As a Port District, the Port of Coos Bay's role is to foster economic development and growth in the assigned district, region and state. The Port of Coos Bay is Oregon's largest deep-draft coastal harbor and the main economy of the region lies within the timber, seafood, and tourism industry. Since the port district lies along the coast line, transit time for deep draft vessels from open ocean is only about 90 minutes allowing safer and easier access than the Columbia River. Within the Port district, the Port owns thousands of acres of industrial waterfront property on the North Spit, the Charleston Marina Complex, East Bay and Upper Bay sites along the harbor, and the Coos Bay rail line. The three main lines of business for the Port therefore are maritime operations, the rail line and the Charleston marina.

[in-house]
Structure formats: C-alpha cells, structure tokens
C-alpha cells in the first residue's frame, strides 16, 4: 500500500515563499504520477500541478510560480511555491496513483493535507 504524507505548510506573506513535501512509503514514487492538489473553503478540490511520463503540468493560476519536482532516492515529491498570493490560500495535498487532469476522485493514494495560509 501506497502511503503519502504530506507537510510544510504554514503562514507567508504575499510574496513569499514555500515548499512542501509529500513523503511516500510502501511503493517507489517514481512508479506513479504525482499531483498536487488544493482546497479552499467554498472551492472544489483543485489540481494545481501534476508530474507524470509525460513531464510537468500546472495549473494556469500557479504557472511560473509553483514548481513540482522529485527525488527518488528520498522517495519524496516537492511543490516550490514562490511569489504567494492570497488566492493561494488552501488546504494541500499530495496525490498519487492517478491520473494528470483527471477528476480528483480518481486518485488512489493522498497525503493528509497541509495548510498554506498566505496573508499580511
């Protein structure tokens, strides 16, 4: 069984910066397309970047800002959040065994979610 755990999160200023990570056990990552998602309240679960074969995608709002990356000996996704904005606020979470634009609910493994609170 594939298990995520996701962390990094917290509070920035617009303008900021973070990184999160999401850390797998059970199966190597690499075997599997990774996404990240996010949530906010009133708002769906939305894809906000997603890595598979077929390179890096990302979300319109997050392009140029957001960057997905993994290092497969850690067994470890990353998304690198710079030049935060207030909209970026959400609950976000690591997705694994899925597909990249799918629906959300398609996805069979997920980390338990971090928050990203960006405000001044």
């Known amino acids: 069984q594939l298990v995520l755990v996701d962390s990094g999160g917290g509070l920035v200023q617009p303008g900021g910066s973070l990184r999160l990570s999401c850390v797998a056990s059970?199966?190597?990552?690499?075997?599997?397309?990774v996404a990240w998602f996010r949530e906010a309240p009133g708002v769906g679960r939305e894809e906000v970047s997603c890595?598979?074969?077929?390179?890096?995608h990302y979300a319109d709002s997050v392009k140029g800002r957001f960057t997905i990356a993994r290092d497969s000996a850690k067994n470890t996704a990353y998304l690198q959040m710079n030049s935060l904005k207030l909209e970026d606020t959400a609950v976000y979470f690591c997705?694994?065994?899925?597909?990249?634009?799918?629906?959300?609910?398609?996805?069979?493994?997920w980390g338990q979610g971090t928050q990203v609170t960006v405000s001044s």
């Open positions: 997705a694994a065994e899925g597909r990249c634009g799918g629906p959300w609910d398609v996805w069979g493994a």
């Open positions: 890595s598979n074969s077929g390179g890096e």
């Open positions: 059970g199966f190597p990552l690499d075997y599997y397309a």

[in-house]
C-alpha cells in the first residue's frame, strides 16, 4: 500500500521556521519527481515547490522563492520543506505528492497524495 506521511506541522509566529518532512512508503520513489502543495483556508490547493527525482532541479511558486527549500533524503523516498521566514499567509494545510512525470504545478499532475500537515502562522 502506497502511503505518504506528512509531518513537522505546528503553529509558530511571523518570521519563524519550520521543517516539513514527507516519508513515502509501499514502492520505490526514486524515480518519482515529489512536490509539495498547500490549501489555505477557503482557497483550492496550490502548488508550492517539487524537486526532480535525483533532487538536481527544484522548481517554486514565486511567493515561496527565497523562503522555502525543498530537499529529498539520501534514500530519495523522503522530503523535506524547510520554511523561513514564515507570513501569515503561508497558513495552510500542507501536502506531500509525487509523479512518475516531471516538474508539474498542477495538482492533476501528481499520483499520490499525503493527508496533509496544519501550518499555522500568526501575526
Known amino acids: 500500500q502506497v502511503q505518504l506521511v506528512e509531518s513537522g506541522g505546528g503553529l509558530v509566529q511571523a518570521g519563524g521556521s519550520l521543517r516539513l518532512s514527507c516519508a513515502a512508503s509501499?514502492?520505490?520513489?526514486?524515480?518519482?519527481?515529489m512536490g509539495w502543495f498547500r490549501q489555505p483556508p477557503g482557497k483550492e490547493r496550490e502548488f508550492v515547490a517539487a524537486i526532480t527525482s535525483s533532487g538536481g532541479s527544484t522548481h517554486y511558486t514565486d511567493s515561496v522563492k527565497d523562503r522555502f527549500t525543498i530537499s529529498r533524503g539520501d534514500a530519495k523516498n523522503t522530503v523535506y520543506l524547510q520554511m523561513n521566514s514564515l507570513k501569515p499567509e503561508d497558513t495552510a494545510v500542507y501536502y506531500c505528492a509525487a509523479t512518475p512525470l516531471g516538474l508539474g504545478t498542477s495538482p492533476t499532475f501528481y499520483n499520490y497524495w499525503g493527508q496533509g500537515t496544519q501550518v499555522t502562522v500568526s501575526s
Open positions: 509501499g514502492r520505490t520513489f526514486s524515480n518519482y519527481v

All of Oregon's Port districts are either along the coastline or along the Columbia River. The Port of Coos Bay is a Seaport located on the Mid-southern coastline of Oregon and is one of the larger Port districts in Oregon. As a port district, the Port of Coos Bay is a government agency that serves the public with a focus on business development and profit-making ventures. As a result, about 75% of the port's $10.5 million annual budget is derived from business operations while only 15% is from property taxes and 9% is from other miscellaneous avenues.